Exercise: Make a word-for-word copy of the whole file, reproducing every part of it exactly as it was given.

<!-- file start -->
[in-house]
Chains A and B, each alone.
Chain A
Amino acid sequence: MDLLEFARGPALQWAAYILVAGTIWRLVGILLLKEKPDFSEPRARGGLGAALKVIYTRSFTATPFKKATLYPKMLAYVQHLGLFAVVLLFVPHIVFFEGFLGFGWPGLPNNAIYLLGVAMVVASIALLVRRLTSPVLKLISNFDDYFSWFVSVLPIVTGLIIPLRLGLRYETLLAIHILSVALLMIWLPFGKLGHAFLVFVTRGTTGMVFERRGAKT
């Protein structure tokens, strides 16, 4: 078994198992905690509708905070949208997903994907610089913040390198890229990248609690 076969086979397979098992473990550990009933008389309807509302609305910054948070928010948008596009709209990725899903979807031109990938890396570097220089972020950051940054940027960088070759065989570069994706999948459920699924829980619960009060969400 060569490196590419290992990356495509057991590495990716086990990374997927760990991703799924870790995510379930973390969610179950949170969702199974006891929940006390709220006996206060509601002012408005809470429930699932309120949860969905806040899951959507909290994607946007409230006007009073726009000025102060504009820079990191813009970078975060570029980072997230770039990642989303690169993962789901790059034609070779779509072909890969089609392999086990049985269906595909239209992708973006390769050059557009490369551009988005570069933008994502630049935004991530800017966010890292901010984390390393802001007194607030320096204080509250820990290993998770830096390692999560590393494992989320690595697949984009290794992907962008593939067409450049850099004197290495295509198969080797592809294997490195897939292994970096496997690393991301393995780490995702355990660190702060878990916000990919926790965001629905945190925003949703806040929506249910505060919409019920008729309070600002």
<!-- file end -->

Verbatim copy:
[in-house]
Chains A and B, each alone.
Chain A
Amino acid sequence: MDLLEFARGPALQWAAYILVAGTIWRLVGILLLKEKPDFSEPRARGGLGAALKVIYTRSFTATPFKKATLYPKMLAYVQHLGLFAVVLLFVPHIVFFEGFLGFGWPGLPNNAIYLLGVAMVVASIALLVRRLTSPVLKLISNFDDYFSWFVSVLPIVTGLIIPLRLGLRYETLLAIHILSVALLMIWLPFGKLGHAFLVFVTRGTTGMVFERRGAKT
């Protein structure tokens, strides 16, 4: 078994198992905690509708905070949208997903994907610089913040390198890229990248609690 076969086979397979098992473990550990009933008389309807509302609305910054948070928010948008596009709209990725899903979807031109990938890396570097220089972020950051940054940027960088070759065989570069994706999948459920699924829980619960009060969400 060569490196590419290992990356495509057991590495990716086990990374997927760990991703799924870790995510379930973390969610179950949170969702199974006891929940006390709220006996206060509601002012408005809470429930699932309120949860969905806040899951959507909290994607946007409230006007009073726009000025102060504009820079990191813009970078975060570029980072997230770039990642989303690169993962789901790059034609070779779509072909890969089609392999086990049985269906595909239209992708973006390769050059557009490369551009988005570069933008994502630049935004991530800017966010890292901010984390390393802001007194607030320096204080509250820990290993998770830096390692999560590393494992989320690595697949984009290794992907962008593939067409450049850099004197290495295509198969080797592809294997490195897939292994970096496997690393991301393995780490995702355990660190702060878990916000990919926790965001629905945190925003949703806040929506249910505060919409019920008729309070600002």